Analyzing the social consequences of globalization in cities based on global city theory is therefore not only obscuring a core feature of globalization as international competition, but also overstates the social consequences of globalization for many workers in cities in the advanced economies. After all, as argued before, economic restructuring in cities with the advanced economies is largely driven by local and national processes instead of international or global ones. Our findings indicate that even in the global age, local geographical, institutional and historical idiosyncrasies of individual cities seem to be decisive in understanding their socio-economic structure (cf. Smith, 2001).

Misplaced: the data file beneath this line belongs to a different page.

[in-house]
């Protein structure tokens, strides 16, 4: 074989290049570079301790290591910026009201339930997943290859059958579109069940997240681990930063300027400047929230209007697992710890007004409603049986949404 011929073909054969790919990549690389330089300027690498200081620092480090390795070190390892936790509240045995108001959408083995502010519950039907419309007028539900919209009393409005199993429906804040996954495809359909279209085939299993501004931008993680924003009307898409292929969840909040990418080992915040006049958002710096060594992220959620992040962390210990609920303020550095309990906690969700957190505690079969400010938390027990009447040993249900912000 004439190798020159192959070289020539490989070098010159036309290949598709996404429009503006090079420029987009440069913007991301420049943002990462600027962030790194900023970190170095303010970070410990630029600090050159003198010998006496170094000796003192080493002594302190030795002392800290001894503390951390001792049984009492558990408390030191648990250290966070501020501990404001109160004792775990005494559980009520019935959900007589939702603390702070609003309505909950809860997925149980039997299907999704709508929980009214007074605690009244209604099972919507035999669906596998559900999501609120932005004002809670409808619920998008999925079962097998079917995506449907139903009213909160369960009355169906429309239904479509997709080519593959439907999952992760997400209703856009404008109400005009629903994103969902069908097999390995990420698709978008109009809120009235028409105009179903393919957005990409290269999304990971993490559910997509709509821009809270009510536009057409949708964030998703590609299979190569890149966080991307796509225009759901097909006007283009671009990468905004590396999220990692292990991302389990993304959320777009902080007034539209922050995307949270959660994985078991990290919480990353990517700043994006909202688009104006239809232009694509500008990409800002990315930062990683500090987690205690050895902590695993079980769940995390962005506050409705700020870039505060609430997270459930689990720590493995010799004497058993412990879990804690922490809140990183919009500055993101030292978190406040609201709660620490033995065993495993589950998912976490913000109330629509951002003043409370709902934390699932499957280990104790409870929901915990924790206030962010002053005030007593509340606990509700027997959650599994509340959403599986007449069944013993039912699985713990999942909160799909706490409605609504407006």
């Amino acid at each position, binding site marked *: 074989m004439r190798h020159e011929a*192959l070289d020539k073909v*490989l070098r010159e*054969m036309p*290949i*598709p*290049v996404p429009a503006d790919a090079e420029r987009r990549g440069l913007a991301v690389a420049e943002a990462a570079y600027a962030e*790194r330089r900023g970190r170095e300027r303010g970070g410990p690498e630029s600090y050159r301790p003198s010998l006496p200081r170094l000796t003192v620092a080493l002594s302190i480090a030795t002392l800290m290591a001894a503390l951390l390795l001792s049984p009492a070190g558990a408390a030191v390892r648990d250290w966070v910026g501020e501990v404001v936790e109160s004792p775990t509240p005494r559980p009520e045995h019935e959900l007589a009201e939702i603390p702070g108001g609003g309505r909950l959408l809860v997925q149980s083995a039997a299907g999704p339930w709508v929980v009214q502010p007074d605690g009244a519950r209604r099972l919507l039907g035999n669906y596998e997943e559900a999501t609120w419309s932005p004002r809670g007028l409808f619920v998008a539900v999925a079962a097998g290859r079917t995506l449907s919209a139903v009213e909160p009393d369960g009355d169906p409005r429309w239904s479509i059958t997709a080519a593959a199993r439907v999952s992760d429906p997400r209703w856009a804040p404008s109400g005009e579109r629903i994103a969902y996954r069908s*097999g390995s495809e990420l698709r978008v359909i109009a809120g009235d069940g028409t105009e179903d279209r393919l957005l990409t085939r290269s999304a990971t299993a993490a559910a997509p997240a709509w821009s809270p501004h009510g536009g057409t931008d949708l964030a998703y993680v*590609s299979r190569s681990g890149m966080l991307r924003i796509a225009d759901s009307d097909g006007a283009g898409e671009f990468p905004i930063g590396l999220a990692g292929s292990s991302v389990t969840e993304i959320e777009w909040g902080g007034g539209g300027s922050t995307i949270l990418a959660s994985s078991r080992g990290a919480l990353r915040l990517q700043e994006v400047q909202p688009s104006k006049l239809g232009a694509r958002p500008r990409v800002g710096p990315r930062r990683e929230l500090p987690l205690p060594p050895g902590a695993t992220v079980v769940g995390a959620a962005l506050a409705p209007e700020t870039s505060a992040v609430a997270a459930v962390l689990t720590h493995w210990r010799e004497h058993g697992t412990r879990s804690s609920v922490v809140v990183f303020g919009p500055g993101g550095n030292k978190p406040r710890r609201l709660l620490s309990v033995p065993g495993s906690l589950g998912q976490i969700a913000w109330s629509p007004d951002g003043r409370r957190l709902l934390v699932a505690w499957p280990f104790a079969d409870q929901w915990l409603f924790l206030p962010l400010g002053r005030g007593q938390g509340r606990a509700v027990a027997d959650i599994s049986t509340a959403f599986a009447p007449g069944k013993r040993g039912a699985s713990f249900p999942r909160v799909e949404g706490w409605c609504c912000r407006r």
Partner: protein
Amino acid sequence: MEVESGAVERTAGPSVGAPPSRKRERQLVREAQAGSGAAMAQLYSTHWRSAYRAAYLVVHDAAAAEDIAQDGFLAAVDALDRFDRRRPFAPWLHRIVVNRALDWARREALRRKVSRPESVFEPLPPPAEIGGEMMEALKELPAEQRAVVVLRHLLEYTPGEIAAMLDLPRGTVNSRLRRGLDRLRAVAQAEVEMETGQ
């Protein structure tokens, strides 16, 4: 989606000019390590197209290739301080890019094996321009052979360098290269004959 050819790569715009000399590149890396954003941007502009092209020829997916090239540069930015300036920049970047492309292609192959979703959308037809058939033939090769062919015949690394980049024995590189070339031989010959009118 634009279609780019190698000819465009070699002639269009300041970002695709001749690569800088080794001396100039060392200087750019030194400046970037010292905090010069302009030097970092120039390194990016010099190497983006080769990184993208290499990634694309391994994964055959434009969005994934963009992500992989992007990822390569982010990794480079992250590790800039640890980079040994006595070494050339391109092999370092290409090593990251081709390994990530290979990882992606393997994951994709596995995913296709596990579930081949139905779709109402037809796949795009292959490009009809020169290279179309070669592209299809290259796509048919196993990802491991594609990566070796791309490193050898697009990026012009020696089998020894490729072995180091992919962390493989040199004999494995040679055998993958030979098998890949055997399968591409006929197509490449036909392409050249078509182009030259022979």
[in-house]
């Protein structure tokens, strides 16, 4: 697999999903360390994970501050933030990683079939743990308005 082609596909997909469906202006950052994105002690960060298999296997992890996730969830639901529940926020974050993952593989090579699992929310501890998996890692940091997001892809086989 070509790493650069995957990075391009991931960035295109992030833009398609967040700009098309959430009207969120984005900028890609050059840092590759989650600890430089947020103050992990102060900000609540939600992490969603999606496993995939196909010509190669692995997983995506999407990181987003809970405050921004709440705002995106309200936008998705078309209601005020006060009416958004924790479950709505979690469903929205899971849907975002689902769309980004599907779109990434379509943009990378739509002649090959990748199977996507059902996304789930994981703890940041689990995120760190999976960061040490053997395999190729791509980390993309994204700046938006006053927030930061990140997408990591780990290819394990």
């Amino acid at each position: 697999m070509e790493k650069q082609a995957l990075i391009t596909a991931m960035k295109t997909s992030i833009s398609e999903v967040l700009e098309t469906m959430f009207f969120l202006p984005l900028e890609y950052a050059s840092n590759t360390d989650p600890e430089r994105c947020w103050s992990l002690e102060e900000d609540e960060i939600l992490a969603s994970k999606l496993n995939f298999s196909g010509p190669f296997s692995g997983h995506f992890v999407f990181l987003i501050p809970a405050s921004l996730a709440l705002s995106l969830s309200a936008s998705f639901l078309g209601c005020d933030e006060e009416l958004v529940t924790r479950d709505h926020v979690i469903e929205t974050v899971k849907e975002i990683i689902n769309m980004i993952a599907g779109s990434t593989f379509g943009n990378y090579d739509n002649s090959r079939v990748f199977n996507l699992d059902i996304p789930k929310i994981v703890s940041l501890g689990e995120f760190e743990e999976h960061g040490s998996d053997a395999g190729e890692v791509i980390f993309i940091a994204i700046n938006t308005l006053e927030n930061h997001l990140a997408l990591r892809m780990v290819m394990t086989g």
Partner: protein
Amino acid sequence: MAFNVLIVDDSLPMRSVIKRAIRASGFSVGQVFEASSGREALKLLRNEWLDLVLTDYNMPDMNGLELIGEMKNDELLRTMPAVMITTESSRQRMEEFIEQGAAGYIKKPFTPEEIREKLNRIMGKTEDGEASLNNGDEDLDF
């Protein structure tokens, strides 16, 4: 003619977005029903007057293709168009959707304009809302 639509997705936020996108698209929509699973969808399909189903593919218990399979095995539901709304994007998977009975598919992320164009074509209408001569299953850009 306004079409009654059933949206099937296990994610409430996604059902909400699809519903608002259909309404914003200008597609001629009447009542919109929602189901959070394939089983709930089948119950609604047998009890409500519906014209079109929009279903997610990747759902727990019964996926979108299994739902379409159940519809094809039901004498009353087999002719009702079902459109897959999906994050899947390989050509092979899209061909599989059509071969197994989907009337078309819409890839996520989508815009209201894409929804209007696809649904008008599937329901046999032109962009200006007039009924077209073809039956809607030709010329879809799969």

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Erasmus University Rotterdam
Department of Sociology

Burgers, J., & van der Waal, J. (2008). Unravelling The Global City Debate on Social Inequality. Retrieved from